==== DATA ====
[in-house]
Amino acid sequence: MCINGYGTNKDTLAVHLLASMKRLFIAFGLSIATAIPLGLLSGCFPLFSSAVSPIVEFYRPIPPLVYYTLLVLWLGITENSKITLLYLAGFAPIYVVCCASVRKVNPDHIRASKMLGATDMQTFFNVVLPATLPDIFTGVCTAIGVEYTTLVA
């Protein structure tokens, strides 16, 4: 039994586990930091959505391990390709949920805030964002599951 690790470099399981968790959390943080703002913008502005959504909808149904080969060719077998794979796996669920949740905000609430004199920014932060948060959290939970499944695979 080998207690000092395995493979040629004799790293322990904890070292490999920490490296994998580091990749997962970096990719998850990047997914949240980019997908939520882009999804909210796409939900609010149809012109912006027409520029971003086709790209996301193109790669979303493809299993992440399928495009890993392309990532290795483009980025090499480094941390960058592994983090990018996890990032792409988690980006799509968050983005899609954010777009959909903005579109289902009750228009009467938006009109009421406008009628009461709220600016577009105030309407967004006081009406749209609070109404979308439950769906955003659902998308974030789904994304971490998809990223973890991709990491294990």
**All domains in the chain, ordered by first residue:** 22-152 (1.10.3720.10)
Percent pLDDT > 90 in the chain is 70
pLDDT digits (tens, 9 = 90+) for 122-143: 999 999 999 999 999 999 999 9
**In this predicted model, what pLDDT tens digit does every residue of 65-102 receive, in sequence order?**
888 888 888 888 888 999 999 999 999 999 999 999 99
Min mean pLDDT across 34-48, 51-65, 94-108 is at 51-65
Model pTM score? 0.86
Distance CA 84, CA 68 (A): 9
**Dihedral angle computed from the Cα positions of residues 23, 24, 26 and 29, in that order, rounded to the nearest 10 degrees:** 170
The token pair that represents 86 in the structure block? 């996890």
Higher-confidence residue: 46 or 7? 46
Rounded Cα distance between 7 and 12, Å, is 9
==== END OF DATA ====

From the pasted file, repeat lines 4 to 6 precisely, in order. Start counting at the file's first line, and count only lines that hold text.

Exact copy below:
**All domains in the chain, ordered by first residue:** 22-152 (1.10.3720.10)
Percent pLDDT > 90 in the chain is 70
pLDDT digits (tens, 9 = 90+) for 122-143: 999 999 999 999 999 999 999 9